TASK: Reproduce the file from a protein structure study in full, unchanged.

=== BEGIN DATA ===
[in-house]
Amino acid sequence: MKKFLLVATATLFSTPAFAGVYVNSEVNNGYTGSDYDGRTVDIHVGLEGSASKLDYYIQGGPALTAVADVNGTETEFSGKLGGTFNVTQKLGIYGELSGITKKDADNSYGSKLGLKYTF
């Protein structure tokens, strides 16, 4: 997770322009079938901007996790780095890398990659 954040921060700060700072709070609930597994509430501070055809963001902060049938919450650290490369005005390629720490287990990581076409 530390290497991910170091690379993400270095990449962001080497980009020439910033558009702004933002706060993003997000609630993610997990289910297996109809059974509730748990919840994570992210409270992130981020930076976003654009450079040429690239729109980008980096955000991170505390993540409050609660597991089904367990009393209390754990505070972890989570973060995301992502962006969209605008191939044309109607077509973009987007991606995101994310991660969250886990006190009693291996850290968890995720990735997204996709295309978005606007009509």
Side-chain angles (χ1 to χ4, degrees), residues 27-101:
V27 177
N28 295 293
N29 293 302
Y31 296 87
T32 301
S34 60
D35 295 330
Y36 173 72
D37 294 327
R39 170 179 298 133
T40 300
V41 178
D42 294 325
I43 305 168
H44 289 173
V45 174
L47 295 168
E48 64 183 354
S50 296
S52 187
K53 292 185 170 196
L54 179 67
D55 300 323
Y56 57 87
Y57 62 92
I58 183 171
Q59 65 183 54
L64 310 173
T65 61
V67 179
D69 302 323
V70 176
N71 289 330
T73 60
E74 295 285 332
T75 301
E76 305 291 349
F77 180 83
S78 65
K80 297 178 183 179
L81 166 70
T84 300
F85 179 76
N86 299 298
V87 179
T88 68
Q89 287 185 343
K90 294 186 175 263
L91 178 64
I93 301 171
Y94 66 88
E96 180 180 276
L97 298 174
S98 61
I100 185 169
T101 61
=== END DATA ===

[in-house]
Amino acid sequence: MKKFLLVATATLFSTPAFAGVYVNSEVNNGYTGSDYDGRTVDIHVGLEGSASKLDYYIQGGPALTAVADVNGTETEFSGKLGGTFNVTQKLGIYGELSGITKKDADNSYGSKLGLKYTF
């Protein structure tokens, strides 16, 4: 997770322009079938901007996790780095890398990659 954040921060700060700072709070609930597994509430501070055809963001902060049938919450650290490369005005390629720490287990990581076409 530390290497991910170091690379993400270095990449962001080497980009020439910033558009702004933002706060993003997000609630993610997990289910297996109809059974509730748990919840994570992210409270992130981020930076976003654009450079040429690239729109980008980096955000991170505390993540409050609660597991089904367990009393209390754990505070972890989570973060995301992502962006969209605008191939044309109607077509973009987007991606995101994310991660969250886990006190009693291996850290968890995720990735997204996709295309978005606007009509």
Side-chain angles (χ1 to χ4, degrees), residues 27-101:
V27 177
N28 295 293
N29 293 302
Y31 296 87
T32 301
S34 60
D35 295 330
Y36 173 72
D37 294 327
R39 170 179 298 133
T40 300
V41 178
D42 294 325
I43 305 168
H44 289 173
V45 174
L47 295 168
E48 64 183 354
S50 296
S52 187
K53 292 185 170 196
L54 179 67
D55 300 323
Y56 57 87
Y57 62 92
I58 183 171
Q59 65 183 54
L64 310 173
T65 61
V67 179
D69 302 323
V70 176
N71 289 330
T73 60
E74 295 285 332
T75 301
E76 305 291 349
F77 180 83
S78 65
K80 297 178 183 179
L81 166 70
T84 300
F85 179 76
N86 299 298
V87 179
T88 68
Q89 287 185 343
K90 294 186 175 263
L91 178 64
I93 301 171
Y94 66 88
E96 180 180 276
L97 298 174
S98 61
I100 185 169
T101 61